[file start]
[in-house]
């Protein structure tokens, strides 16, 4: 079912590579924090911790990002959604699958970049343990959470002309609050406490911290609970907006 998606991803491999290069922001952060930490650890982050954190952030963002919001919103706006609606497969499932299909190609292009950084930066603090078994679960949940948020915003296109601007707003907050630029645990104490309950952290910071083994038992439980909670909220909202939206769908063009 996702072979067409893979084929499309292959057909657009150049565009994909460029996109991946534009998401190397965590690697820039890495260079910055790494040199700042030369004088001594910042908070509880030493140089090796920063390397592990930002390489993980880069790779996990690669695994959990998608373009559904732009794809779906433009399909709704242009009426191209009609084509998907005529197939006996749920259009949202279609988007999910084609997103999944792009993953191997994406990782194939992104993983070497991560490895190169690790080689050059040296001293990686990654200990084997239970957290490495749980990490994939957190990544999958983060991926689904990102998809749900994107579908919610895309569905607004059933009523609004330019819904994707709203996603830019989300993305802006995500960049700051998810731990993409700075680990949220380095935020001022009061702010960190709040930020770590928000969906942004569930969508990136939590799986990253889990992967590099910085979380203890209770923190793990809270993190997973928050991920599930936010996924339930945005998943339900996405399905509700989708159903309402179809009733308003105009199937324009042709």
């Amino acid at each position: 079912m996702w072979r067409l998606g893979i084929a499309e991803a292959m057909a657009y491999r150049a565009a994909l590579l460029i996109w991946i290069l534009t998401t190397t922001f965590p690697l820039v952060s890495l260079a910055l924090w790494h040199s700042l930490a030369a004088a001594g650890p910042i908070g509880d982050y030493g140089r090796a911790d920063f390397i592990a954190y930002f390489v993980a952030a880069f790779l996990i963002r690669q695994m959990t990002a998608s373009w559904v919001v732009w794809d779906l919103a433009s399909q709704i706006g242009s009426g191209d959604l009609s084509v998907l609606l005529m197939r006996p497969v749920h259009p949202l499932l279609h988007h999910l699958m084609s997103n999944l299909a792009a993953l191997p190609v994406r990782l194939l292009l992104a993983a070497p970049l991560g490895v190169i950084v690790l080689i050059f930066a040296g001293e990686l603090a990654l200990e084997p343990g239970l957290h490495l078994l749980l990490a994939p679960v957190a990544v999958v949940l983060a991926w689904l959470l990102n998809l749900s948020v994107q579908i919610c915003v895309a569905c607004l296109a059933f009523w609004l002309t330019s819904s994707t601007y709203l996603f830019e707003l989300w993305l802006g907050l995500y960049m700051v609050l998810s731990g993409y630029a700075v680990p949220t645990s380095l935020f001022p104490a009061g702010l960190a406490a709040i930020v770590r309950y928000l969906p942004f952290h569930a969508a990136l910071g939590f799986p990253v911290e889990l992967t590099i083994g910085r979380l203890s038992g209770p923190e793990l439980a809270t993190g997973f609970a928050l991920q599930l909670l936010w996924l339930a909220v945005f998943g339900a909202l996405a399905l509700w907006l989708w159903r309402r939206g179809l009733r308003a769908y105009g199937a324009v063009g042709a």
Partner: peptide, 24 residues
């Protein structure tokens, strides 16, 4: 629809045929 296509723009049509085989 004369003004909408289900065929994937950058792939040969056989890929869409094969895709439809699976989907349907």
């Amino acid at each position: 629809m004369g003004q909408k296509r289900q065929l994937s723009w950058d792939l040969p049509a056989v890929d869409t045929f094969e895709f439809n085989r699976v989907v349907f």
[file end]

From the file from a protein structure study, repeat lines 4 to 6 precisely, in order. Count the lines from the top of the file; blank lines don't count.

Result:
Partner: peptide, 24 residues
């Protein structure tokens, strides 16, 4: 629809045929 296509723009049509085989 004369003004909408289900065929994937950058792939040969056989890929869409094969895709439809699976989907349907």
């Amino acid at each position: 629809m004369g003004q909408k296509r289900q065929l994937s723009w950058d792939l040969p049509a056989v890929d869409t045929f094969e895709f439809n085989r699976v989907v349907f």